Florence Macbeth will make an “appearance” along with Maud and Delos Lovelace, Frances “Bick” Kenney, and Marjorie “Midge” Gerlach in the upcoming “A North Woods Nutcracker” ballet in Mankato on Sunday, November 24th.
Florence and Maud were contemporaries who grew up in the small town of Mankato. Both left to follow their dreams and both carried such fond childhood memories of their hometown that their request was to be buried in Glenwood Cemetery in Mankato.
Born in Mankato on January 21, 1891, she was the only child of Charles and Alice (Monfort) Macbeth; they lived at 326 South Broad Street. Her father was a partner in a meat market business on North Fourth Street.
Florence, or Flossie as she was called by her friends, attended the Union School on North Broad Street. At the age of three, she heard her first light opera, “The Fencing Master,” with Marie Tempest. From that day on she dreamed of being on stage. Her first music teacher was Mrs. Nettie Snyder. In a 1914 interview, Mrs. Snyder recalled, “I’ll never forget the first time I saw Flossie. Her father came to me, leading a little girl, and said: “Mrs. Snyder, here’s a little girl we think can sing. Won’t you listen to her?” “She had on a little plaid kilted skirt that came to her knees, for she was only 11 years old then. She sang, and she sang high F, I might add, as perfectly then as she sings it now.” Mrs. Nettie Snyder was a composite for the character of Mrs. Poppy in the Betsy-Tacy books.
Florence attended St. Mary’s Hall, a girls’ school in Faribault, from the age of thirteen until her graduation in 1909. She was planning to attend Wellesley College in Wellesley, Massachusetts before beginning her musical career. However, her plans changed when on a college visit in Wellesley, vocal coach Yeatman Griffith heard her sing and said “Let me have this voice—now!” Florence and her parents agreed and she went to Pittsburgh to study.
After two years of study, Mr. Griffith took her to Italy to study the language and customs of the country. She made her professional debut at The Hague in Holland in July 1912, with the Lamoreaux Orchestra of Paris. The young coloratura soprano thrilled the audience with her rendition of the Cavatina from The Barber of Seville. She soon became an international success, performing in many European cities, including Berlin, Budapest, and Vienna, as well as London with the London Symphony Orchestra at Queen’s Hall.
Florence wrote in an “I Remember Mankato” article for the Mankato Free Press in 1952: “The Hague was not my first public appearance. I have a picture of Eleanor Wood Lippert, Kathleen Hart Foster and myself, each done up in crinoline and spangles. As I recall this was a performance put on by Mother Pat (Mrs. H. A. Patterson) who did so much for music in Mankato. What roles the three of us played I cannot remember, but we look very elegant in our spangles.” Of course, Kathleen Hart Foster was Maud’s older sister who was depicted as the character of Julia Ray in the Betsy-Tacy books and Eleanor Wood Lippert was the character of Dorothy Drew.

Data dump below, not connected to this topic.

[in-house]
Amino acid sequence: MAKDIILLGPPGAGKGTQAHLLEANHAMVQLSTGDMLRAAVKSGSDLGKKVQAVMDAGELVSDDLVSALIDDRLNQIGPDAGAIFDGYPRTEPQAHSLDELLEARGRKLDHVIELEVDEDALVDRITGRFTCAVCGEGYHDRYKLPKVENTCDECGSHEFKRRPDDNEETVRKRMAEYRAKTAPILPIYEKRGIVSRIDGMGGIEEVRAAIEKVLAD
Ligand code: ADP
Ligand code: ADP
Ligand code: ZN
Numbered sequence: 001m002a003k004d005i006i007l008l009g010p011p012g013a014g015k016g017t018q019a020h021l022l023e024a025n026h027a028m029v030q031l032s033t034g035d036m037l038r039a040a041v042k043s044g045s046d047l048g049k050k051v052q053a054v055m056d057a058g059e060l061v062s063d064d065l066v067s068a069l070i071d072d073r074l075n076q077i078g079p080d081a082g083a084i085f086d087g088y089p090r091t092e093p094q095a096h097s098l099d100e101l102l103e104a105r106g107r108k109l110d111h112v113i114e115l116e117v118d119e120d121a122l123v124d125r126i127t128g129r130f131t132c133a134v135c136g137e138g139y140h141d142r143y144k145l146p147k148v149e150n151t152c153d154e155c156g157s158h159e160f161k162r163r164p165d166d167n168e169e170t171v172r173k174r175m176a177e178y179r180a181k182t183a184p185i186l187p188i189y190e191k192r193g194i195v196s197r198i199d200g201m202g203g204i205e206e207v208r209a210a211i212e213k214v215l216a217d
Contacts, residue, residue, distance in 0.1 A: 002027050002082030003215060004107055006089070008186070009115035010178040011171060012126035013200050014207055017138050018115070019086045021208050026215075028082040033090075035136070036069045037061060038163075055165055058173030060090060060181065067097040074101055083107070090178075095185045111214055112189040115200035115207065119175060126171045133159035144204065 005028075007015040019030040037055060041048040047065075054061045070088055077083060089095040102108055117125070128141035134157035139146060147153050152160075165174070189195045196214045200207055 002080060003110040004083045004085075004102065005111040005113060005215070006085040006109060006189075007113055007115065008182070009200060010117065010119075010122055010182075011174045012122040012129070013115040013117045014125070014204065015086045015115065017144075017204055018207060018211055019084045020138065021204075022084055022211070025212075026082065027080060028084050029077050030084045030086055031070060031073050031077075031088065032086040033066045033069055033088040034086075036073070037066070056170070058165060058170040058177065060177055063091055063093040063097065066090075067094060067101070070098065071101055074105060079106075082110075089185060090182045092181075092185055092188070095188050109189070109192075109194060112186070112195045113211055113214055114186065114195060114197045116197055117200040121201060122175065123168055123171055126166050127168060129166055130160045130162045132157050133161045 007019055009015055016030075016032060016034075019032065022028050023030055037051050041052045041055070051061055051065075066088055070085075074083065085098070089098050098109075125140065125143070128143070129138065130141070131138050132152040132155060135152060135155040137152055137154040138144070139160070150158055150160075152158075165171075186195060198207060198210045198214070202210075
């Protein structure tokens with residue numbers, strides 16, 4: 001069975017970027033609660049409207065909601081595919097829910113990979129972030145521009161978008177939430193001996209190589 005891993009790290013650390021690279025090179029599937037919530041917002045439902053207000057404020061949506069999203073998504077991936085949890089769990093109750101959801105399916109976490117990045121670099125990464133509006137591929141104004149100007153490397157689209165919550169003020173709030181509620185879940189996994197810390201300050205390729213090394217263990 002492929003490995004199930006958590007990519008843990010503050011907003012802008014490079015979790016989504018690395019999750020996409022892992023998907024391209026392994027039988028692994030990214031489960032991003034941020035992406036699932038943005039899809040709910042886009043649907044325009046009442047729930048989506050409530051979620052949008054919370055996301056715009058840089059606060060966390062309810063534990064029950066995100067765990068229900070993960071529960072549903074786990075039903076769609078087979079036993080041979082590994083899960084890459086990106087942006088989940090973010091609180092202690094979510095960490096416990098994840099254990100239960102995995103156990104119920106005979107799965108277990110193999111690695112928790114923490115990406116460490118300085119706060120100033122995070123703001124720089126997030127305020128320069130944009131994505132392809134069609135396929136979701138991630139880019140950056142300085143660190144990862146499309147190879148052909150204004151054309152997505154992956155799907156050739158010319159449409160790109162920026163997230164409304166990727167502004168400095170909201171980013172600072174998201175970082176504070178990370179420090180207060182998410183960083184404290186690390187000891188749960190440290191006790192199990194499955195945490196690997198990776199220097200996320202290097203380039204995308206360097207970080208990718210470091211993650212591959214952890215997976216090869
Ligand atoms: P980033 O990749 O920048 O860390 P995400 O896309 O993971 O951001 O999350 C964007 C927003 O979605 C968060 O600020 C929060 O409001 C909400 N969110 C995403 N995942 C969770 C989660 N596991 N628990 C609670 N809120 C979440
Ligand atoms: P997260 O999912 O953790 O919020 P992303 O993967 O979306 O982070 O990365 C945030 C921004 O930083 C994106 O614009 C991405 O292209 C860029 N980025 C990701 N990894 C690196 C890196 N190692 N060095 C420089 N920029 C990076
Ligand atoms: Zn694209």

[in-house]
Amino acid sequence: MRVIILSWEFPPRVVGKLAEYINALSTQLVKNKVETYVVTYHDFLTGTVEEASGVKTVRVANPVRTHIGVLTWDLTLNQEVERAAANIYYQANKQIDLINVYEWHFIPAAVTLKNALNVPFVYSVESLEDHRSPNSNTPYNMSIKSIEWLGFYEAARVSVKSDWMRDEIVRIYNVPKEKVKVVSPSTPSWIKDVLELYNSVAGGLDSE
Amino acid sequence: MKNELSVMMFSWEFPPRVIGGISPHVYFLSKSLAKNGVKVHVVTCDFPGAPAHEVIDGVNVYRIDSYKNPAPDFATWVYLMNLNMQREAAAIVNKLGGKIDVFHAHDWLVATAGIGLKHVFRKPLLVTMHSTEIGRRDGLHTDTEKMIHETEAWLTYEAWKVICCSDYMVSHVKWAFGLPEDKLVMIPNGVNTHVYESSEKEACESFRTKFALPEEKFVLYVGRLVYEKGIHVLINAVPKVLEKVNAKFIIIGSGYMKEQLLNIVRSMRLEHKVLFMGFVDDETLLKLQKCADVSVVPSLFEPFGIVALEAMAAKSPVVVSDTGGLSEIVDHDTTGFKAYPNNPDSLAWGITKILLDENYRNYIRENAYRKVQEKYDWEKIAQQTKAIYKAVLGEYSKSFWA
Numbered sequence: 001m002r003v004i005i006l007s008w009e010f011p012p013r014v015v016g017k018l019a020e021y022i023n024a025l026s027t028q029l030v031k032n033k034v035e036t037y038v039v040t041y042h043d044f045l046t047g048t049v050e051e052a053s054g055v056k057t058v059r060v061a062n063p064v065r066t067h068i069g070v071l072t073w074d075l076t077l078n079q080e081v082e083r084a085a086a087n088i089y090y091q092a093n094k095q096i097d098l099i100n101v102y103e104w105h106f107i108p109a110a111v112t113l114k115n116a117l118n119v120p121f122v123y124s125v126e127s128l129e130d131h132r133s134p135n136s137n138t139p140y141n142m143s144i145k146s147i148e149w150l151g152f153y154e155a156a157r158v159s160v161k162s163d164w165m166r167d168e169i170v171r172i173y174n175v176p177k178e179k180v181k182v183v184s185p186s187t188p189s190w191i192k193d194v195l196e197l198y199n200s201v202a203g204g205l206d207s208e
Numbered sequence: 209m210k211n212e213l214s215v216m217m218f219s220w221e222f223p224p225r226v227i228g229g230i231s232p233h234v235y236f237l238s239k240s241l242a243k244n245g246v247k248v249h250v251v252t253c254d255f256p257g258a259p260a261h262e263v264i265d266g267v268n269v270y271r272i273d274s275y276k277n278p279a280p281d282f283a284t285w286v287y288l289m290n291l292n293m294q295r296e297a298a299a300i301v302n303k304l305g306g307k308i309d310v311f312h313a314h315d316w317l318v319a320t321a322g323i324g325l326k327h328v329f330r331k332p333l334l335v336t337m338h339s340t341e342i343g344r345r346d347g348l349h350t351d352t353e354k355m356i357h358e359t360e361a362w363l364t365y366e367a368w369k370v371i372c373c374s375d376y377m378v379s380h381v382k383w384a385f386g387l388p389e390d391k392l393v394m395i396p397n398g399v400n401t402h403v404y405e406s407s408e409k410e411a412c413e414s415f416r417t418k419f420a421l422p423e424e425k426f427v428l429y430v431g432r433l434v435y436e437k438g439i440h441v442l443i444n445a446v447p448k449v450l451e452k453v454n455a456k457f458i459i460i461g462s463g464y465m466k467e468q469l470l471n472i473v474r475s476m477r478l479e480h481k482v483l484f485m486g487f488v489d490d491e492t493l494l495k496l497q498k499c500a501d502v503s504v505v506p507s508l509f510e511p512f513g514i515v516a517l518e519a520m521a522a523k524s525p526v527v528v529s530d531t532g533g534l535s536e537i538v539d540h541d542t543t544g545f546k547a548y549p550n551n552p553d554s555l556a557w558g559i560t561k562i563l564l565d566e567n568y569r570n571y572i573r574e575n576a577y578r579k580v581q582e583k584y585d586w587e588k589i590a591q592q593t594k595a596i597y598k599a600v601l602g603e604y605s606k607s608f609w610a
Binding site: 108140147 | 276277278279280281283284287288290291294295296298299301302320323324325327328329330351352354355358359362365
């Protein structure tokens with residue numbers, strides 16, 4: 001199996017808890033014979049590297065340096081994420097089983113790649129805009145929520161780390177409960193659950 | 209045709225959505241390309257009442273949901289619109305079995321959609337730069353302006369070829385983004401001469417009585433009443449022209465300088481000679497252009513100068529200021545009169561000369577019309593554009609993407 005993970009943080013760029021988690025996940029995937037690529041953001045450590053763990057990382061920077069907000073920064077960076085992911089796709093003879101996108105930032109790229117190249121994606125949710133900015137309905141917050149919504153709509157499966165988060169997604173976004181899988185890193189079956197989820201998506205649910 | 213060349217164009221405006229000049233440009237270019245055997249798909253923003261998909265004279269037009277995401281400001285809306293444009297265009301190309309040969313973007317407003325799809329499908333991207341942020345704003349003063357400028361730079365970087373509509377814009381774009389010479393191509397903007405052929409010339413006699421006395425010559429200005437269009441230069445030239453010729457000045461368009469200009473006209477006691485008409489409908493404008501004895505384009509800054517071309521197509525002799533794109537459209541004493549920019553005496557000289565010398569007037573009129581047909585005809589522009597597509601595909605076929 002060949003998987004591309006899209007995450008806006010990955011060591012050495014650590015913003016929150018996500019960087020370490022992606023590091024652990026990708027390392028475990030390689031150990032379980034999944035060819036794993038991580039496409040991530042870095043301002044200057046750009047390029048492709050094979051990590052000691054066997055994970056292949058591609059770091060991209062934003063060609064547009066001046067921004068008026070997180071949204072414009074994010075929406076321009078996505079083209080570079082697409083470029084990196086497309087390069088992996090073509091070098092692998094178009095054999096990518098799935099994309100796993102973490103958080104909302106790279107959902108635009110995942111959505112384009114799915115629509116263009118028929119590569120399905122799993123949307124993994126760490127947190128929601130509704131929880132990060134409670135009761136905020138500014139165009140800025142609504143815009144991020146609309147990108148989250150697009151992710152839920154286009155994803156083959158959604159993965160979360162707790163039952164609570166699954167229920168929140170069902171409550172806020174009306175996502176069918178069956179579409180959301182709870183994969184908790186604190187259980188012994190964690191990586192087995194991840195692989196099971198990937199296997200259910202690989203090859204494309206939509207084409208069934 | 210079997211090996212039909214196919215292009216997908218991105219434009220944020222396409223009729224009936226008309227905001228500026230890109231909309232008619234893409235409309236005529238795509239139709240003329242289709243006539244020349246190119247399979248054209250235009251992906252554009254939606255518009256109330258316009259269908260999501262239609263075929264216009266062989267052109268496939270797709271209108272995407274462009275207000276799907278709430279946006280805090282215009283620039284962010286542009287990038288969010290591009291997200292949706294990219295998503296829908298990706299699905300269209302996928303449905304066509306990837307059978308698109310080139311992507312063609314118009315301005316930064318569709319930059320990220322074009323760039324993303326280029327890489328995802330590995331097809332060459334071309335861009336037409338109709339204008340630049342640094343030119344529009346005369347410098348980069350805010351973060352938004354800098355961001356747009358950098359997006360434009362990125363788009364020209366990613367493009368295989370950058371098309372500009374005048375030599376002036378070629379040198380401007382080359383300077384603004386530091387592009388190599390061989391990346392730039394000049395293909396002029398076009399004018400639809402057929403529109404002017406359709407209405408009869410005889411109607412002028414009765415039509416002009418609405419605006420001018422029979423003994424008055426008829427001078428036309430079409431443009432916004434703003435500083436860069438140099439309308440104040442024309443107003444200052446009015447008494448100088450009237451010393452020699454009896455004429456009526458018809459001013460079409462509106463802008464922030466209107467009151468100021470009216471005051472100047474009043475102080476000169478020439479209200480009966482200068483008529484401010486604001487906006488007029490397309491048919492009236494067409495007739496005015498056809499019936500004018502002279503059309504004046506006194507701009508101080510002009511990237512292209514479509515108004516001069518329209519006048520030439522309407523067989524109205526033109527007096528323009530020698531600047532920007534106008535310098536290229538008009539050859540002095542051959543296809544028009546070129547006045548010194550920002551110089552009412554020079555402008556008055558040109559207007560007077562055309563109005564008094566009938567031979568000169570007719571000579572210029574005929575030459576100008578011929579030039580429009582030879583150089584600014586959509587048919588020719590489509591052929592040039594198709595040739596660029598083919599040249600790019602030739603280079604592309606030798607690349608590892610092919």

Florence made her debut in America as the Prima Donna Coloratura soprano with the Chicago Opera Company. As busy as she was, she always found time to come back to her hometown of Mankato and sing with the Orpheus Club, Mrs. Patterson’s chorus and even the Elks Club Band. Newspaper headlines referred to her as “Mankato’s Song Bird” or “Minnesota’s Nightingale”.
In 1922 Florence married Captain Edward Whitwell of the Royal Air Force. A throat infection forced her to leave the stage for a year in the 1930s, and when she recovered the Chicago Opera had gone bankrupt. She sang with other opera companies including the St. Louis Opera. In 1936 she spent time in Mankato during her mother’s illness and funeral. Florence returned to New York to find her husband had suffered a stroke and needed constant care. They moved to California, where he died in 1942. The couple had no children.
Florence stayed in California and taught piano and voice. She met novelist, James M. Cain, a devoted fan and author of The Postman Always Rings Twice, at a tea party and they were married in October 1947. The couple later moved to Hyattsville, Maryland. Florence began having health problems that kept her homebound for nearly 15 years before her death on May 5, 1966. She is buried in the Macbeth family plot in Glenwood Cemetery in Mankato.
“It is all home, the place where I was born, where I dreamed dreams that came true, and where, when my time comes to pass, I shall come to sleep near dear ones and dear friends, and that is a serene comfort,” wrote Florence Macbeth in 1952.